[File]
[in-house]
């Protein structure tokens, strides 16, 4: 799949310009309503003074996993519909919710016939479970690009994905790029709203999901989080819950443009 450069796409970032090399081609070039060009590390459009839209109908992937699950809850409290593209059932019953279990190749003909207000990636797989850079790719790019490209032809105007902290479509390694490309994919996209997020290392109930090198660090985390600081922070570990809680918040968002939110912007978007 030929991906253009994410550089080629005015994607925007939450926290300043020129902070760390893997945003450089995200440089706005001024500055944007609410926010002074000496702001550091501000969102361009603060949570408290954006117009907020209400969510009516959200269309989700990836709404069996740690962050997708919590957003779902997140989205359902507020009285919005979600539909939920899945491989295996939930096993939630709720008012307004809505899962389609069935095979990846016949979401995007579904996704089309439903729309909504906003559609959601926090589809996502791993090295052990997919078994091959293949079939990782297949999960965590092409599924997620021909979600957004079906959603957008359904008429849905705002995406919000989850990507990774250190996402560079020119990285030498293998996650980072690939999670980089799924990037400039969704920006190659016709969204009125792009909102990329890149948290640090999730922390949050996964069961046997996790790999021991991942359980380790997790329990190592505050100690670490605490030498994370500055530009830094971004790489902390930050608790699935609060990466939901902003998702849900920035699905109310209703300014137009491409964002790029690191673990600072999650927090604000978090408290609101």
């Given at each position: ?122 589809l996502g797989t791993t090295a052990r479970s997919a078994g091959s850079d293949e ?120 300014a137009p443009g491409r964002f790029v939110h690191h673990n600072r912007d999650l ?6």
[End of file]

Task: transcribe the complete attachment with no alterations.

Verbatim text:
[in-house]
């Protein structure tokens, strides 16, 4: 799949310009309503003074996993519909919710016939479970690009994905790029709203999901989080819950443009 450069796409970032090399081609070039060009590390459009839209109908992937699950809850409290593209059932019953279990190749003909207000990636797989850079790719790019490209032809105007902290479509390694490309994919996209997020290392109930090198660090985390600081922070570990809680918040968002939110912007978007 030929991906253009994410550089080629005015994607925007939450926290300043020129902070760390893997945003450089995200440089706005001024500055944007609410926010002074000496702001550091501000969102361009603060949570408290954006117009907020209400969510009516959200269309989700990836709404069996740690962050997708919590957003779902997140989205359902507020009285919005979600539909939920899945491989295996939930096993939630709720008012307004809505899962389609069935095979990846016949979401995007579904996704089309439903729309909504906003559609959601926090589809996502791993090295052990997919078994091959293949079939990782297949999960965590092409599924997620021909979600957004079906959603957008359904008429849905705002995406919000989850990507990774250190996402560079020119990285030498293998996650980072690939999670980089799924990037400039969704920006190659016709969204009125792009909102990329890149948290640090999730922390949050996964069961046997996790790999021991991942359980380790997790329990190592505050100690670490605490030498994370500055530009830094971004790489902390930050608790699935609060990466939901902003998702849900920035699905109310209703300014137009491409964002790029690191673990600072999650927090604000978090408290609101």
């Given at each position: ?122 589809l996502g797989t791993t090295a052990r479970s997919a078994g091959s850079d293949e ?120 300014a137009p443009g491409r964002f790029v939110h690191h673990n600072r912007d999650l ?6």